First of all, I want to emphasize that the two stars are a reflection of my personal experience with this book, NOT a reflection of the quality of the original work or the quality of the translation.

As part of my ongoing Great Books reading project (I'm an engineer by profession, and I was in International Baccalaureate back in the day, so I missed a lot of the Great Books; I'm trying to catch up on them now), I am slowly struggling through the Mahabharata. I started it almost two months ago, an
...more
Anubhav
Dec 24, 2012 Anubhav rated it really liked it  ·  review of another edition
Shelves: mythology
I have mixed feelings about this book, which is reflected in my rating. This is the first proper Mahabharat book which I've read, and it came highly recommended.

Sure it was a great read. But that is because Mahabharat is a great epic. Was the author able to do justice to Ved Vyasa's Mahabharat? I couldn't possibly say without first reading Vyasa's original, or at least its English translation.

This book was too detailed, or not detailed enough depending upon how you look at it. My point is this:
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Robert Sheppard
THE INDIAN CLASSICS---THE MAHABHARATA,BHAGAVAD GITA & RAMAYANA CYCLE---FROM THE WORLD LITERATURE FORUM RECOMMENDED CLASSICS AND MASTERPIECES SERIES VIA GOODREADS—-ROBERT SHEPPARD, EDITOR-IN-CHIEF

"Man is a slave to power..." says the Mahabharata,"...but power is a slave to no one." The puzzle of power in its acquisition, intrinsic contradictions, disillusionments and disappointments, transience, arbitrariness, loss and questionable legitimacy is one of the principal themes of this monumental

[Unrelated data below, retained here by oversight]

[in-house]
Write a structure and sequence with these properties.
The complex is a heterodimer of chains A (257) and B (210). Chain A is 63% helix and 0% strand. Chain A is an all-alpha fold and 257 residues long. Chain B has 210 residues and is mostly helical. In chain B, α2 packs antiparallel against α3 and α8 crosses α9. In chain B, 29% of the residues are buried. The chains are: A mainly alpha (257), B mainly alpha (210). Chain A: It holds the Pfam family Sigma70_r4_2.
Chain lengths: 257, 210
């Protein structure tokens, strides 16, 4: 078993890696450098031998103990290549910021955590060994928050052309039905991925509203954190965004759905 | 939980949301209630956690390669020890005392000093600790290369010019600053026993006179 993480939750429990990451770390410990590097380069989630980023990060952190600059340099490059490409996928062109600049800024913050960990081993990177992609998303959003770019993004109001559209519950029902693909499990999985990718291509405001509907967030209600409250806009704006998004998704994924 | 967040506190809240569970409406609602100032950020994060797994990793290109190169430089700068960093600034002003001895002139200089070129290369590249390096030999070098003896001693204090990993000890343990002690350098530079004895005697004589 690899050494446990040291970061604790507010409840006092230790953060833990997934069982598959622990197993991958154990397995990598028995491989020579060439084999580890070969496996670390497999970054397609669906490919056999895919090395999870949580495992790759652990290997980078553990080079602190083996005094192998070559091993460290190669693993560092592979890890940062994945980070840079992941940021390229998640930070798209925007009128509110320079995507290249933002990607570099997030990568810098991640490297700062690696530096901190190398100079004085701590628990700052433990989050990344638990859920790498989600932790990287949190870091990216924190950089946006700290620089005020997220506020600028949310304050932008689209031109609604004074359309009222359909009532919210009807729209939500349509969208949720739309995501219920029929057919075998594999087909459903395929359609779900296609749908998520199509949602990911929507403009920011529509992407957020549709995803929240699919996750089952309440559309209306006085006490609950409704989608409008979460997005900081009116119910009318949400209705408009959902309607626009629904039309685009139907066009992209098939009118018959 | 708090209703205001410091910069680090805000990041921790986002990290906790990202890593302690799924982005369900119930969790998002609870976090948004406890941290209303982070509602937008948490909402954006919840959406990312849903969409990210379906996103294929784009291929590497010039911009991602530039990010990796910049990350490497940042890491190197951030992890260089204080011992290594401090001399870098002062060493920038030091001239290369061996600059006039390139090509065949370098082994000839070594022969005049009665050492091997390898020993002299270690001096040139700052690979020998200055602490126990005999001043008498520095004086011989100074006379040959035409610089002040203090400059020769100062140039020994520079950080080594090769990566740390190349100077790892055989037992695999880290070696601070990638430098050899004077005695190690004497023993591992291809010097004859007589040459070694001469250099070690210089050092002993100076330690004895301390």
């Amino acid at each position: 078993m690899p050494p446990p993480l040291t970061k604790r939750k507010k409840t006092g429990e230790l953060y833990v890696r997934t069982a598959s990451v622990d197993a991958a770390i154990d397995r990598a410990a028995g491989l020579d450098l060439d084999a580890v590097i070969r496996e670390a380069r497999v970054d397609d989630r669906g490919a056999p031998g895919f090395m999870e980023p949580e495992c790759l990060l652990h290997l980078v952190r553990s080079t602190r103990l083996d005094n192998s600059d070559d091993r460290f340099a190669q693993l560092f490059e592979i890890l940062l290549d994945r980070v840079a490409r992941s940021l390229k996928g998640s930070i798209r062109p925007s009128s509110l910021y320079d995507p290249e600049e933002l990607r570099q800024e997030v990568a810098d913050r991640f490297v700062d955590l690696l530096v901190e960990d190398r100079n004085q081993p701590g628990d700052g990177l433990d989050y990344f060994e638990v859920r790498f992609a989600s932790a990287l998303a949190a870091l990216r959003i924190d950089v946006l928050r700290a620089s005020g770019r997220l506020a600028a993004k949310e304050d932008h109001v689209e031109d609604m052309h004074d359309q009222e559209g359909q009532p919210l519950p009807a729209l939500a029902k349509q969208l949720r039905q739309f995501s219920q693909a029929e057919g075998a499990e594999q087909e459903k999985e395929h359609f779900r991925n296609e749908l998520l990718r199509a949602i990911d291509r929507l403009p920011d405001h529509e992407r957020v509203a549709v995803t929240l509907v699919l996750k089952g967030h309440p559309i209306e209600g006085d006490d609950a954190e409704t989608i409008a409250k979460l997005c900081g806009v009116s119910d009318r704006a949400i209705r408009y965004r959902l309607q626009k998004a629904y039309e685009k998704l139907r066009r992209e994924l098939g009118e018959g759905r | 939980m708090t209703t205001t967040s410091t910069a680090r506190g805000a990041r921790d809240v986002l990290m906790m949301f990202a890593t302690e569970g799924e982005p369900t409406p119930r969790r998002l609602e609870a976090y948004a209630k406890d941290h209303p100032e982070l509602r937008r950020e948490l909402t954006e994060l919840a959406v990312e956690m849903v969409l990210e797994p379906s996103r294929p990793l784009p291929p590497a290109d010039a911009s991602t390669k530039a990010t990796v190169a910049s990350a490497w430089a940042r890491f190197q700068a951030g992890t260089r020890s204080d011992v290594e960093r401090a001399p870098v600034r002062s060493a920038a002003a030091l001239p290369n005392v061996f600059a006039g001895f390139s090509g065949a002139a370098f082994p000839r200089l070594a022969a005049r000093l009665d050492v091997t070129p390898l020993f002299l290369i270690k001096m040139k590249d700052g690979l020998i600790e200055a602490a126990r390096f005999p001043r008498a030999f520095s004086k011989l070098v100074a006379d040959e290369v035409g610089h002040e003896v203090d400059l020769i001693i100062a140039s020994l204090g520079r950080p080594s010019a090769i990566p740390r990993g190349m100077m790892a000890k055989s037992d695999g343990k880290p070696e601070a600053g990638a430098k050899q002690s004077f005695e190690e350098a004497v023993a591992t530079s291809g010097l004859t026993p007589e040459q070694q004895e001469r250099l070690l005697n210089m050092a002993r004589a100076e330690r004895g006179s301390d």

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Christopher Bennett
Jul 07, 2012 Christopher Bennett rated it really liked it  ·  review of another edition
Shelves: spirituality
Puts the Gita - aka 'The Song of God,', Lord Krishna's timeless commentary to the great Warrior Arjun before the brother-against-brother battle of the Pandavs & kauravas- into epic context. I had read the Gita before but honestly the Mahabharata took the entire experience to a new height, guiding the reader into a grand centuries-long introduction that serves as a great prequel and build up to the story of the war of the great houses of Kaurava and Pandav. In due course the reader is introdu ...more
Kaushik Mitra
Sep 14, 2015 Kaushik Mitra rated it it was amazing  ·  review of another edition
It takes an exceptional writer to condense an epic like Mahabharata into a 300-400 page book , divide the text into small chapters of a few pages each , and yet convey the tone , the context and the key message with such great effect.
A wonderful book for those who want to learn more about this one-of-a-kind epic , an integral part of our glorious culture.

Also a wonderful springboard for those who want to move to a bigger edition of Mahabharata.
Deborah Schuff
The Mahabharata is India's massive epic poem about a war between two branches of a single family fighting over a kingship. In the original Sanskrit version many additional writings have been added to it, the most well-known being The Bhagavad Gita (The Song of the Lord.) In William Buck's version, or retelling as it is billed, he omits the distractions and sermons and simply tells the stories within the Mahabharata. And what wonderful stories they are! Gods, Goddesses, talking animals, sages, an ...more
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68552
Chakravarti Rajagopalachari, informally called Rajaji or C.R., was an Indian lawyer, independence activist, politician, writer and statesman. Rajagopalachari was the last Governor-General of India. He also served as leader of the Indian National Congress, Premier of the Madras Presidency, Governor of West Bengal, Minister for Home Affairs of the Indian Union and Chief Minister of Madras state. Raj ...more
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“And, having killed him (Abhimanyu), your people danced round his dead body like savage hunters exulting over their prey. All good men in the army were grieved and tears rolled from their eyes. Even the birds of prey, that circled overhead making noises seemed to cry 'Not thus! Not thus!” 6 likes
“Those unacquainted with any language but their own are generally very exclusive in matters of taste.” 3 likes